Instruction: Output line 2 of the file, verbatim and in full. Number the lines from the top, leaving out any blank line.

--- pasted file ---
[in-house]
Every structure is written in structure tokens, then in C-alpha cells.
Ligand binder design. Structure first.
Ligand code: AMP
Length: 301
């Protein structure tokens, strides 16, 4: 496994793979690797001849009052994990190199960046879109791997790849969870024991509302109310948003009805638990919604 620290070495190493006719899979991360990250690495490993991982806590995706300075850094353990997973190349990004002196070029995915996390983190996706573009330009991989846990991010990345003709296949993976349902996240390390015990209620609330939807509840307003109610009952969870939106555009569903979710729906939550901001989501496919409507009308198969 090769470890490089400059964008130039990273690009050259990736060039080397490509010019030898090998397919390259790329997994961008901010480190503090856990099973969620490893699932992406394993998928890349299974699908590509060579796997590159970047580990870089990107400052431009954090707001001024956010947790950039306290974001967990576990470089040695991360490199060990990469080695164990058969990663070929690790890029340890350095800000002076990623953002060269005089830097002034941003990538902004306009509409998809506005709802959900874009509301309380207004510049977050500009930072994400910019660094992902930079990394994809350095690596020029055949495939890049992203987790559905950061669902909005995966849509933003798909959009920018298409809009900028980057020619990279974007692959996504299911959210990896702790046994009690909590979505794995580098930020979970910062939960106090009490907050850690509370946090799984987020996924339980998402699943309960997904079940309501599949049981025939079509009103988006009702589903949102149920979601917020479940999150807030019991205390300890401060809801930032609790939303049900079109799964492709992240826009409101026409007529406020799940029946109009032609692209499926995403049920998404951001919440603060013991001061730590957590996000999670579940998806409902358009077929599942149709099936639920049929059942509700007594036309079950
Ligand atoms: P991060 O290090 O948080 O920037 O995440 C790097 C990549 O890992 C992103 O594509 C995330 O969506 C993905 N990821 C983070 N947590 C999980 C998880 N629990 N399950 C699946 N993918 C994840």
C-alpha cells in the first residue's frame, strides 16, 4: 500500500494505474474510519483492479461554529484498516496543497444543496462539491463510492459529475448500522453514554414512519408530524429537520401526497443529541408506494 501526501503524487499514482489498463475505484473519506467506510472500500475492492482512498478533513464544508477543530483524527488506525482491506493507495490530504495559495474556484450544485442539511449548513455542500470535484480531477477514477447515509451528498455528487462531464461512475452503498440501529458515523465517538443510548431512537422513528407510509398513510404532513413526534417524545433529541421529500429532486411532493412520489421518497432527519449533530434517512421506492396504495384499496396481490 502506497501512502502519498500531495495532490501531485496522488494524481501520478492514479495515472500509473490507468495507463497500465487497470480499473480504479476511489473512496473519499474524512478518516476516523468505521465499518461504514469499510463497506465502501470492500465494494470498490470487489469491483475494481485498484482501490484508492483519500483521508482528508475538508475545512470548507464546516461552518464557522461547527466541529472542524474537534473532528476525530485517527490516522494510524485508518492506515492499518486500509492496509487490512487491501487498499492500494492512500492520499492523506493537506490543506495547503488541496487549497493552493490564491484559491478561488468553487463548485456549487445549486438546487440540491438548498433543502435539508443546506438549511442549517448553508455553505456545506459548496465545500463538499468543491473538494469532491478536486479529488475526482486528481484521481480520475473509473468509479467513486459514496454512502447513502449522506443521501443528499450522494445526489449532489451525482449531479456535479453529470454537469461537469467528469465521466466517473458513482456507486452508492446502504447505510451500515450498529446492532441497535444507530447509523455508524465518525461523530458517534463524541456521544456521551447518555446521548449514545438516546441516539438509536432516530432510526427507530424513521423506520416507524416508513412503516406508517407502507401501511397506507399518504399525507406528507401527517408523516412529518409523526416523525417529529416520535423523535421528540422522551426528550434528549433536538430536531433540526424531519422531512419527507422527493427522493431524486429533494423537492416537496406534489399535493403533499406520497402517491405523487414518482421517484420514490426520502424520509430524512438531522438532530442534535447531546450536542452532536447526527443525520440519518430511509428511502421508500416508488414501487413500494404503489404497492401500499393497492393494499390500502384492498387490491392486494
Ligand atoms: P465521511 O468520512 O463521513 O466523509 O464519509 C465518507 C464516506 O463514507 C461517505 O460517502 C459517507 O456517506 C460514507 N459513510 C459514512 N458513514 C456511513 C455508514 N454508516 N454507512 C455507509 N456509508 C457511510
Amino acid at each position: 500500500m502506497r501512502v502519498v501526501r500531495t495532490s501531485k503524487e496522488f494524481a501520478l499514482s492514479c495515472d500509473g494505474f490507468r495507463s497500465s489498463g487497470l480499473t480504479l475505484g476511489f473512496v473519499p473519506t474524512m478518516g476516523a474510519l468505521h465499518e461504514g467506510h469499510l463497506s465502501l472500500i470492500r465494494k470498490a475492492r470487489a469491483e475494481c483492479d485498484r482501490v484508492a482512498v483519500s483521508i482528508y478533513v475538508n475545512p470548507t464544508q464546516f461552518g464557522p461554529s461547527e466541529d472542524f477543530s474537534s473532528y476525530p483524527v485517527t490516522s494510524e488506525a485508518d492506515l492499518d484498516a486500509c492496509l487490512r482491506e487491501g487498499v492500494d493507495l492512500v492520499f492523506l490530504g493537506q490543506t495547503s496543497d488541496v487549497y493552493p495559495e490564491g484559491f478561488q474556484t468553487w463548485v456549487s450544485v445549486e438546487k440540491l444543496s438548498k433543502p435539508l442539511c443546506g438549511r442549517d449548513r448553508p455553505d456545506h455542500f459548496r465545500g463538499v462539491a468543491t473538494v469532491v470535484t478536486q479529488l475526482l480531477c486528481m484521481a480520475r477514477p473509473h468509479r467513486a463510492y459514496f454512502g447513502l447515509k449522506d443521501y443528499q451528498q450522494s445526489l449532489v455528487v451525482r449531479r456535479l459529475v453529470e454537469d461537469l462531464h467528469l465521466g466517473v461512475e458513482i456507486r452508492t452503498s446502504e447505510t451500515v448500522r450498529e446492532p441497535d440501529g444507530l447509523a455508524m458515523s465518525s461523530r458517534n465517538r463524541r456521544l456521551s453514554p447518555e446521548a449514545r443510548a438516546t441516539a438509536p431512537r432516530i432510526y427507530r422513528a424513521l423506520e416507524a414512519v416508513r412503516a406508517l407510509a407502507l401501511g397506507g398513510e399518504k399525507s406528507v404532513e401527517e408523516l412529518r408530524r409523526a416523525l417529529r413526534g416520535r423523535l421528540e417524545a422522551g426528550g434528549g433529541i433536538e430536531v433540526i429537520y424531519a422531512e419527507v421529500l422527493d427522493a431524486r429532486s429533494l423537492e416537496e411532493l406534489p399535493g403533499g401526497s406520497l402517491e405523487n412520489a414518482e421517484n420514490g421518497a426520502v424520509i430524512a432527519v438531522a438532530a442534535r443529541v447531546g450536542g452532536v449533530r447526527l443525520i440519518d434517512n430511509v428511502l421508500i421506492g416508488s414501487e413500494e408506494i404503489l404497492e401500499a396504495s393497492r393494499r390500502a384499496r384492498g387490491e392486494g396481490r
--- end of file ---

Every structure is written in structure tokens, then in C-alpha cells.